The Times newspaper reported that as a result of the debate it now sensed the existence of an organised opposition. [19] This was not the first time that Liberals had voted against the government but it was the first time that Asquith had led the opposition from the front. [20] Thoughts about formalising the Coalition Liberals into a distinct party group now began to take shape. The beginnings of separate Lloyd Georgeite Liberal constituency organisations began to appear [21] In the Summer of 1918 there were talks between Lloyd George’s Chief Whip, Freddie Guest and the Conservatives guaranteeing Coalition backing for 150 Liberal MPs in the next general election. [22] This was the birth of the coalition coupon and the formal divide in Liberal ranks which took place at the 1918 general election.

The Maurice debate may not have been the identifying factor for those Liberals granted or denied the coalition coupon at the 1918 general election but the personal rift between Lloyd George and Asquith was deepened by it. The disunity in the Liberal Party was transparent for all to see, to the clear electoral detriment of the party. By 1924 the Liberal Party had been reduced in Parliament to 40 seats and was never again able to form a government in its own right.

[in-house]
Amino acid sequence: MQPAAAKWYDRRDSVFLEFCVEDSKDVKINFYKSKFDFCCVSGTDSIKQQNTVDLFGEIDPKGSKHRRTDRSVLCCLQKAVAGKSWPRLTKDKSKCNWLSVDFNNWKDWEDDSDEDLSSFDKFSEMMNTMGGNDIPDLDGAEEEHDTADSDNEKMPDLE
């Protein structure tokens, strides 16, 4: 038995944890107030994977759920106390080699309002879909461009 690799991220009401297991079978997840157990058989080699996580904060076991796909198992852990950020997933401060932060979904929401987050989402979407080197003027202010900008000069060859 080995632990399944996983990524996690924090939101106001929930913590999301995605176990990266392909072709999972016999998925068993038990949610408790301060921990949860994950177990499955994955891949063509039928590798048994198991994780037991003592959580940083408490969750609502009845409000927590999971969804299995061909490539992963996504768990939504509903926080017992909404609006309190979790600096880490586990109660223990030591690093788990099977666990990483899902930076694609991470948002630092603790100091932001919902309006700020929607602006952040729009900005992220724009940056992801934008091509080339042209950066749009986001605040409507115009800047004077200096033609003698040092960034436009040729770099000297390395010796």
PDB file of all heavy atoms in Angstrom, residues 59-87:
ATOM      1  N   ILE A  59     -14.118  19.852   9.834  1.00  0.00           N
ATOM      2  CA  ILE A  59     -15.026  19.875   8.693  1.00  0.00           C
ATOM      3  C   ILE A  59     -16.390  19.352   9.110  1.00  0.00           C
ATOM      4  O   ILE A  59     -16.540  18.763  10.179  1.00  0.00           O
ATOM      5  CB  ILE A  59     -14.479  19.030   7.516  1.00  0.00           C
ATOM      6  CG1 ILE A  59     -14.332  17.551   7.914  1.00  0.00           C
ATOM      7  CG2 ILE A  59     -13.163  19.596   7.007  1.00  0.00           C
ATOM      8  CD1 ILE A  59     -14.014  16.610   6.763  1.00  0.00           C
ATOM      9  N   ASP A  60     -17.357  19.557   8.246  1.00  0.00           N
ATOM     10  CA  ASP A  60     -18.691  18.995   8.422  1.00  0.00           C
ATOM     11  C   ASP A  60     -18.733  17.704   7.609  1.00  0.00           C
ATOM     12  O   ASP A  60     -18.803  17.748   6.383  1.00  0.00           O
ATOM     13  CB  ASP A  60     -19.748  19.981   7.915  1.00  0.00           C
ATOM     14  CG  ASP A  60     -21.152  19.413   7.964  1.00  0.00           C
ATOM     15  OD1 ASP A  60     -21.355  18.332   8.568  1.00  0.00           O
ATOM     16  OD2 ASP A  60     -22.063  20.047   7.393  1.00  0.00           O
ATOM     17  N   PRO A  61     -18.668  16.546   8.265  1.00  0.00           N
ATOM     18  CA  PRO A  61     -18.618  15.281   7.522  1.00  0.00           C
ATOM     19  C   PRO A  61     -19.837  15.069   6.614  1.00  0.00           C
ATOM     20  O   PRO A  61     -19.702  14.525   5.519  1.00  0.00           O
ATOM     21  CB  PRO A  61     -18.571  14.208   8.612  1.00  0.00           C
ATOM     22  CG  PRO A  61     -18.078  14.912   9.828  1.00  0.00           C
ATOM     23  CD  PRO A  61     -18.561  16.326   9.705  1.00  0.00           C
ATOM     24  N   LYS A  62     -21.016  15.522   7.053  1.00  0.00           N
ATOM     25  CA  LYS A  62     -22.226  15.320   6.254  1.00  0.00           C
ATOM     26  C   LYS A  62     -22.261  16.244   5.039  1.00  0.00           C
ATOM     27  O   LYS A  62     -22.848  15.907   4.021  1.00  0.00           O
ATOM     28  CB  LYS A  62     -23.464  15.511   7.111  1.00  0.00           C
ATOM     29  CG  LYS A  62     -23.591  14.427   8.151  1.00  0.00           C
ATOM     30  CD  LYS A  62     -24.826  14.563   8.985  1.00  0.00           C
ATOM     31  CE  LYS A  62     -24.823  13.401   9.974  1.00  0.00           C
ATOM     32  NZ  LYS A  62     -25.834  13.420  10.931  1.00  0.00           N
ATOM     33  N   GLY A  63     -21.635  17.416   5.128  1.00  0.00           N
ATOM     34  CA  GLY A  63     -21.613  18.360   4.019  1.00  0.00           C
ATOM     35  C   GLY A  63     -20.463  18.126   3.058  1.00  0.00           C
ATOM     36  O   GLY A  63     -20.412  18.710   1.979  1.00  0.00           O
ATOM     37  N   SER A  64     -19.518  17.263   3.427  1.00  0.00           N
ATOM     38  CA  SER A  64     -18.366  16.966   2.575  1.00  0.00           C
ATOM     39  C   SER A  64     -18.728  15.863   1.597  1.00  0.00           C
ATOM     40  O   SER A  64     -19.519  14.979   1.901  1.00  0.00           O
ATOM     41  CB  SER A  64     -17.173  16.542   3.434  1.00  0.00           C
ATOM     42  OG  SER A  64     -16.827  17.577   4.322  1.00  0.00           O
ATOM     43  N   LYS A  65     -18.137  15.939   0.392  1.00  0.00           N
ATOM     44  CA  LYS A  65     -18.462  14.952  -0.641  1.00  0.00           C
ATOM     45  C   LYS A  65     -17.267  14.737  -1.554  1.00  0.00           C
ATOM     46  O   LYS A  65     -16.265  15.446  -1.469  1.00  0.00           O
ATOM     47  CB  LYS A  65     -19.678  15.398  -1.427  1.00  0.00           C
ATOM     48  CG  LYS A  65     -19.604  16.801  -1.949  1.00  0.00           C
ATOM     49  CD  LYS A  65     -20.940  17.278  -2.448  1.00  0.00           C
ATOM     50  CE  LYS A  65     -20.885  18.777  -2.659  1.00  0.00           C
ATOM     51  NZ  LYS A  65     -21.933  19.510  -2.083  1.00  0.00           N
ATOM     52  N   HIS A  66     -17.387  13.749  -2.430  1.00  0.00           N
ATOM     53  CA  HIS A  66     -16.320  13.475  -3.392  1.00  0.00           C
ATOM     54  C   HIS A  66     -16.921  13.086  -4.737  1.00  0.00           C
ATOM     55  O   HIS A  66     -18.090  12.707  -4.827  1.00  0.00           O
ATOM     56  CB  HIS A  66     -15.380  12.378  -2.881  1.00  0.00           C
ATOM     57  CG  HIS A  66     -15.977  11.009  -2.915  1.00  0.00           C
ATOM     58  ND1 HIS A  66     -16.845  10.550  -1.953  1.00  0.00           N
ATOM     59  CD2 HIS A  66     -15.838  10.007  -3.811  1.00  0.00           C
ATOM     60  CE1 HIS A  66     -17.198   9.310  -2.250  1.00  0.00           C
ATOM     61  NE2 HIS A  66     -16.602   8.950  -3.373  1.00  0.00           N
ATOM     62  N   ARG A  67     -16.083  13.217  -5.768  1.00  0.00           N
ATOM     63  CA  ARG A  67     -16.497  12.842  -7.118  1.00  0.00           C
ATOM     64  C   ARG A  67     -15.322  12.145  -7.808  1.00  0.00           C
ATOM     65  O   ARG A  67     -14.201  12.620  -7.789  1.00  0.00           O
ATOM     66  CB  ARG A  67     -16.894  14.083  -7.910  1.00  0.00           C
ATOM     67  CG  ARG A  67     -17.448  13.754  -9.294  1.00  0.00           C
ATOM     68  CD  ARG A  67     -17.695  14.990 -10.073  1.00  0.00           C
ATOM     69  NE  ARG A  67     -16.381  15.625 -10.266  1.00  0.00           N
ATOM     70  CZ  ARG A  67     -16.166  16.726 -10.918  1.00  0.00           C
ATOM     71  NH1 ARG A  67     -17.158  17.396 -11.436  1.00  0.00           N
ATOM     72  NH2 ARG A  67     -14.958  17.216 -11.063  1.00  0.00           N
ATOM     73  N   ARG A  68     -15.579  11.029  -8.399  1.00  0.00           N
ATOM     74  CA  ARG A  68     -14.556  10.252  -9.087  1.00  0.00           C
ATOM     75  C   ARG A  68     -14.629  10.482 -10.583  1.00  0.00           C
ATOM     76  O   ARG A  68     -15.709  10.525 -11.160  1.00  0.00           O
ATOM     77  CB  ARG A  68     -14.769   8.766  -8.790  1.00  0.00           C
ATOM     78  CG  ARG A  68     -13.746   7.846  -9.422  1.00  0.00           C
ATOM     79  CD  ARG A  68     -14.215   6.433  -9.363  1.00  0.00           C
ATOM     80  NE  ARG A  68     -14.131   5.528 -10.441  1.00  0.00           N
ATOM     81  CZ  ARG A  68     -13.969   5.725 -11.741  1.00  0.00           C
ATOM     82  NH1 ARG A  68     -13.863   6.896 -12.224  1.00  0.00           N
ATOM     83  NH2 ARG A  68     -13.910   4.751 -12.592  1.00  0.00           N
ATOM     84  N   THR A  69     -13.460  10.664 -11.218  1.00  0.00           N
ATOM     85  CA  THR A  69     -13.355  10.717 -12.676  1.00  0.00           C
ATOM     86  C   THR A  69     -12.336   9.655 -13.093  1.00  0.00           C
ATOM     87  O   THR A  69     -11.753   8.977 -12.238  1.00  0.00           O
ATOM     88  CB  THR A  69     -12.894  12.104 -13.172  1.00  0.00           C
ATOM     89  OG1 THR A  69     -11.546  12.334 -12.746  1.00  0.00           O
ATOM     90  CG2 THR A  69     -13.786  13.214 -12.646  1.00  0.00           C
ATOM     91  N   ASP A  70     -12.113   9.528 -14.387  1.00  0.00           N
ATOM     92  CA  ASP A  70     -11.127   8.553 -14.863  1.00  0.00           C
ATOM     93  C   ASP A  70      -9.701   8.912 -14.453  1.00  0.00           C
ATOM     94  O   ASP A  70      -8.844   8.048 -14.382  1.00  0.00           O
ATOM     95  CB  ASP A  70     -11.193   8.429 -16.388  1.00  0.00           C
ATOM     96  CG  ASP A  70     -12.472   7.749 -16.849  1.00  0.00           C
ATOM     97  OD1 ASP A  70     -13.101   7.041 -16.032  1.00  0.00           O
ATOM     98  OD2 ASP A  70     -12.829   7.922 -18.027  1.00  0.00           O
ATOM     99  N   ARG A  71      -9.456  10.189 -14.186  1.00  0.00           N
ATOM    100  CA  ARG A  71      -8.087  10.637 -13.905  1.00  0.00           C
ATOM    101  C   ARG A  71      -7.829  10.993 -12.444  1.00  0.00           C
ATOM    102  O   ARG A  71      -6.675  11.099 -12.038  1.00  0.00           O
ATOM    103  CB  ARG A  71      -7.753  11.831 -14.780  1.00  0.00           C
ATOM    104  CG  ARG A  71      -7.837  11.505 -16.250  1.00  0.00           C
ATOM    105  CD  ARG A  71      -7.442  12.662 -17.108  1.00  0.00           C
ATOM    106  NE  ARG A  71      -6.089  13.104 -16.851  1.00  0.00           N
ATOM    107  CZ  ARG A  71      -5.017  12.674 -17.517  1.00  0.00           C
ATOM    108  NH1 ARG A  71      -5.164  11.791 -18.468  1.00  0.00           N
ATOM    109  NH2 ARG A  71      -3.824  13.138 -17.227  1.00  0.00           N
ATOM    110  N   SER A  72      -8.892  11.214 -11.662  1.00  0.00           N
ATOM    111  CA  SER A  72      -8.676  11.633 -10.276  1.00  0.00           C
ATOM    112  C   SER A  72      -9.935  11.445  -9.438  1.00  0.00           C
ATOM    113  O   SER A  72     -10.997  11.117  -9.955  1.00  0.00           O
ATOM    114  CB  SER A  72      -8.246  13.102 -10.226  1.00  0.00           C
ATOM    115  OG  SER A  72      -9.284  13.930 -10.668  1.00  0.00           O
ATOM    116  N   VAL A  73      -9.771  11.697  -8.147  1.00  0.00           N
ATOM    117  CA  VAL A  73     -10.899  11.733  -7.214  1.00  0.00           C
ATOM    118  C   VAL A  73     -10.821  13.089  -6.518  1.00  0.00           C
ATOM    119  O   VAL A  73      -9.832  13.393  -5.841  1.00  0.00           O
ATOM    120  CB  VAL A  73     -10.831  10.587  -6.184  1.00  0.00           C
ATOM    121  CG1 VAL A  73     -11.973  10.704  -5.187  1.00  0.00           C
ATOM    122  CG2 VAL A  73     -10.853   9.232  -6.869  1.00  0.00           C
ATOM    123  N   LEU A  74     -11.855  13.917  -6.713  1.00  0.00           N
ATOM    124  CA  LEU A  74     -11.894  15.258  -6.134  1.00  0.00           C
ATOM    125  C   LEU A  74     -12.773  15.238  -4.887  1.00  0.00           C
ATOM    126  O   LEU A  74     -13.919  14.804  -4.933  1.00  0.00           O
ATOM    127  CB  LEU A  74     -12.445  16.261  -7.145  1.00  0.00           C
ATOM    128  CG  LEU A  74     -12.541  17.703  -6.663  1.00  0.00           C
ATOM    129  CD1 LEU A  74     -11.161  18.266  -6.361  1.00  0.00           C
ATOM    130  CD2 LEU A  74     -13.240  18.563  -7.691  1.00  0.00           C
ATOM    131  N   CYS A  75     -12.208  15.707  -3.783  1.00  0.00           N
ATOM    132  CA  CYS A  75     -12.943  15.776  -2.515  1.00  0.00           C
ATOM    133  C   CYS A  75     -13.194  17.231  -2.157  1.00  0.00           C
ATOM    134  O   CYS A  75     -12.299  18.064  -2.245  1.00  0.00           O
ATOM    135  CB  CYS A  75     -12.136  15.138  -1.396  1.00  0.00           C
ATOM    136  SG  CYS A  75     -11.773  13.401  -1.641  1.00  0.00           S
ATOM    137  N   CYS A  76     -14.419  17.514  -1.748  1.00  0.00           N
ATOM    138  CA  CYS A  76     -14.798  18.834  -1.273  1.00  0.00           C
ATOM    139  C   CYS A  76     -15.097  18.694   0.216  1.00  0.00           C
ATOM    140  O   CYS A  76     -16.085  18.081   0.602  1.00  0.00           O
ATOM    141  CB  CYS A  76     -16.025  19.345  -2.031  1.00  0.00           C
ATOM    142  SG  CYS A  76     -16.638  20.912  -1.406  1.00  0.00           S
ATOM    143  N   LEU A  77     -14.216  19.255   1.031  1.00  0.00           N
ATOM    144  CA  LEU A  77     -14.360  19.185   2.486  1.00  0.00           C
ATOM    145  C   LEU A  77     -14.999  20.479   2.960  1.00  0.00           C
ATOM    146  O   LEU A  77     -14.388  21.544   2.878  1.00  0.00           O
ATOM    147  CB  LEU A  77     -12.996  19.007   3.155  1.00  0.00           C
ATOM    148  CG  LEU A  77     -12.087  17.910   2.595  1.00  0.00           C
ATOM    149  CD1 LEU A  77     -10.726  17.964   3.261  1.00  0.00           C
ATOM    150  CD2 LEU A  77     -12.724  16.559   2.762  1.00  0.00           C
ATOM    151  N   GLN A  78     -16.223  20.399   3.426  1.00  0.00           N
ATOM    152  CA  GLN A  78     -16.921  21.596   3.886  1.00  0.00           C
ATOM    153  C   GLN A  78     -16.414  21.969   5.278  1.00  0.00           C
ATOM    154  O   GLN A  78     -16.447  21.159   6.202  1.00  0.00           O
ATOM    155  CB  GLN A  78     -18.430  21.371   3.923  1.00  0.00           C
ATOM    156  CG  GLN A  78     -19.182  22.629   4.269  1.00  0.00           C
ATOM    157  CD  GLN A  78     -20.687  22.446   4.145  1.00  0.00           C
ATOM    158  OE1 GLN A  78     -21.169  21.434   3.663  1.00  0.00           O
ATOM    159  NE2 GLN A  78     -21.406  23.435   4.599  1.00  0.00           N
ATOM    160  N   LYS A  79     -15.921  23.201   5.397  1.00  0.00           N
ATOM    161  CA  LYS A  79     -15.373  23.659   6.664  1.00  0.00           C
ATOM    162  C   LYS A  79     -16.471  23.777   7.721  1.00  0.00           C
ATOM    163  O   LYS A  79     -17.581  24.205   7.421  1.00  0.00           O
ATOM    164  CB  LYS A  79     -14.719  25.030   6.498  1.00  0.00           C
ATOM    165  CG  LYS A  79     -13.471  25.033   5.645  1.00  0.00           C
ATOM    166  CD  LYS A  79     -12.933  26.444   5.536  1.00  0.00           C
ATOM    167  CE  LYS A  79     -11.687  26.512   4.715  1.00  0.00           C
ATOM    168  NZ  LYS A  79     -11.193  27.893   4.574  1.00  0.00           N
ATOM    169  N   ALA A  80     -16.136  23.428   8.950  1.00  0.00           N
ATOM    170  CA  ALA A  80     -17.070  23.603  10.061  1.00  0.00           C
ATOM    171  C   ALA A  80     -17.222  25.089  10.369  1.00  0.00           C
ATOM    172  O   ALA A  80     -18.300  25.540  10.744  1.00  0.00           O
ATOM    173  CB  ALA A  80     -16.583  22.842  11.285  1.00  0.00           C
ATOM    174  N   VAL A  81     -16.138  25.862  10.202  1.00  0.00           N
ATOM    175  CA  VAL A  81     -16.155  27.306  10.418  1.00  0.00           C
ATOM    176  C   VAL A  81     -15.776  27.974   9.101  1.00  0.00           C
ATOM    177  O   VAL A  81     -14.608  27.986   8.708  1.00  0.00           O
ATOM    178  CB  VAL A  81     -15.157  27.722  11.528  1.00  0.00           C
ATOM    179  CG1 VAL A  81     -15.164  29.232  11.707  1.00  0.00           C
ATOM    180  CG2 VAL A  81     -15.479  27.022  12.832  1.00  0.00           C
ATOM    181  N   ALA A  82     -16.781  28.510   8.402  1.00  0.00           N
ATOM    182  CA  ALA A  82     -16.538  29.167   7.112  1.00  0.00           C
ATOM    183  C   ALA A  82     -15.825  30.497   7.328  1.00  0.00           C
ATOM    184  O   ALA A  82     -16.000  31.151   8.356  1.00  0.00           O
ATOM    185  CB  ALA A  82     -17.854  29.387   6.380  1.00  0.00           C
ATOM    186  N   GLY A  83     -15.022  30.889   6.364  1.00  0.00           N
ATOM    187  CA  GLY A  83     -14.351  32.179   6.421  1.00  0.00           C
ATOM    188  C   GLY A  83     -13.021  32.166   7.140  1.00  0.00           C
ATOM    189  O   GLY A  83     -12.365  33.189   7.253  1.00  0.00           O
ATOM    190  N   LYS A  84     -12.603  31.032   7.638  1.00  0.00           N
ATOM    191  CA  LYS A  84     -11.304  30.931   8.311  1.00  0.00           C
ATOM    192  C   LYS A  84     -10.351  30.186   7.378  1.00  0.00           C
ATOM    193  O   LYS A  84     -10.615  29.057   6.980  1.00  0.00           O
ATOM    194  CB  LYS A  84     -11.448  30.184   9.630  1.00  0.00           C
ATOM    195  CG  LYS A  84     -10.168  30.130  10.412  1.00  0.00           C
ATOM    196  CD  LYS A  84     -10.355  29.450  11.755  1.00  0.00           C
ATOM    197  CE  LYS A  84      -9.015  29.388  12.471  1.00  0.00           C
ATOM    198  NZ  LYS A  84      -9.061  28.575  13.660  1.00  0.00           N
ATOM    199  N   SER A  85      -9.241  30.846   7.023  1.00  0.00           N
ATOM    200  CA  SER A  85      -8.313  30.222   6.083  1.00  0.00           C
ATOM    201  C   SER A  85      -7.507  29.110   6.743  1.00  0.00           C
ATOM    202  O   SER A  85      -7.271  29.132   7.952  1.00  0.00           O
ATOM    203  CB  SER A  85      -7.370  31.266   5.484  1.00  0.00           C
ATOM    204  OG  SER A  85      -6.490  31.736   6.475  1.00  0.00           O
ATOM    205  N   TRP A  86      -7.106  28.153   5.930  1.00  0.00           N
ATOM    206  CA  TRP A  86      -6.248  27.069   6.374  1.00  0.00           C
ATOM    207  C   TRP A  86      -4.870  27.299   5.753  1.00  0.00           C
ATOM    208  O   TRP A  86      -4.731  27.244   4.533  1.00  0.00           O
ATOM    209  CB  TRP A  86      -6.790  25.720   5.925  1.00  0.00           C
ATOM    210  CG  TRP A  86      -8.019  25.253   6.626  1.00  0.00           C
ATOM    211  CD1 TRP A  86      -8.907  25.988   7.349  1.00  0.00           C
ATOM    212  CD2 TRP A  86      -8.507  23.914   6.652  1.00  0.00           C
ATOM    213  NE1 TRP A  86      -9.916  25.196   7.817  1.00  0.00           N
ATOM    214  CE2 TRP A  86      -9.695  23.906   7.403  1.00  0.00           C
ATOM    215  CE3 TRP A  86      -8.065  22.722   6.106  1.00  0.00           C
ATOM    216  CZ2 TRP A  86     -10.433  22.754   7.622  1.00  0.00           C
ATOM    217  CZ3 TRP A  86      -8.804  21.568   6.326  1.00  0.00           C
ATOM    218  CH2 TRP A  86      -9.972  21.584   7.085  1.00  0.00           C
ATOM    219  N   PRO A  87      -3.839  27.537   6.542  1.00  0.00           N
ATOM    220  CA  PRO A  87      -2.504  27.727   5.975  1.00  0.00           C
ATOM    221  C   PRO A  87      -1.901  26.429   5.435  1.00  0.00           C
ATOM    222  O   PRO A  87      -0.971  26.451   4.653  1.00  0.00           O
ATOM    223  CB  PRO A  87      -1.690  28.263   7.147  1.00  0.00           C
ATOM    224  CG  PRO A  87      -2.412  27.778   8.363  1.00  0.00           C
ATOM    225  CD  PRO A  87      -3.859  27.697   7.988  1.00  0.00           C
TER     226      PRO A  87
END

References[edit]

Hansard HC Deb vol 105

Notes[edit]

  1. ^ John Gooch, "The Maurice Debate 1918," Journal of Contemporary History (1968) 3#4 pp. 211-228 in JSTOR
  2. ^ The Times, 7 May 1918 p7
  3. ^ David Dutton, A History of the Liberal Party in the Twentieth Century; Palgrave Macmillan, 2004 p72
  4. ^ John Grigg, Lloyd George: War leader, 1916-1918 (2002) p 503.
  5. ^ Trevor Wilson and Robin Prior, Sir Frederick Barton Maurice in Dictionary of National Biography, OUP 2004-08
  6. ^ Liberal Democrat History Group website, 2009: http://www.liberalhistory.org.uk/item_single.php?item_id=55&item=history
  7. ^ The Times, 7 May 1918 p7
  8. ^ Thomas Jones, Lloyd George (1951) p 148
  9. ^ The Times, 8 May 1918 p10
  10. ^ Farrar-Hockley 1975, p317
  11. ^ Dingle Foot, British Political Crises: 1916; William Kimber, London 1976 p73
  12. ^ Roy Douglas, Liberals :The History of the Liberal and Liberal Democrat Parties; Hambledon & London, 2005 p179
  13. ^ Roy Jenkins, Asquith; Papermac 1994 edition, p 471
  14. ^ Wilson & Prior, DNB
  15. ^ Farrar-Hockley 1975, p317
  16. ^ Chris Cook, A Short History of the Liberal Party: 1900-1992; Macmillan, 1993 p73
  17. ^ Hansard
  18. ^ Ged Martin, "Asquith, the Maurice Debate and the Historians," Australian Journal of Politics and History (1985) 31#3 pp 435-444.
  19. ^ Dutton, p72
  20. ^ Cook, p72
  21. ^ K. O. Morgan, The Age of Lloyd George: The Liberal Party and British Politics, 1890-1919; Allen & Unwin 1971, p72
  22. ^ K O Morgan, Lloyd George’s Stage Army: The Coalition Liberals, 1918-1922; in A J P Taylor (ed.) Lloyd George, Twelve Essays; Hamish Hamilton, 1971 p227

Further reading[edit]

  • Farrar-Hockley, General Sir Anthony (1975). Goughie. London: Granada. ISBN -0246640596. 
  • Gooch, John. "The Maurice Debate 1918," Journal of Contemporary History (1968) 3#4 pp. 211-228 in JSTOR
  • Grigg, John. Lloyd George: War leader, 1916-1918 (London: Penguin, 2002), ch 27 pp 489-512
  • Martin, Ged. "Asquith, the Maurice Debate and the Historians," Australian Journal of Politics and History (1985) 31#3 pp 435-444.

See also[edit]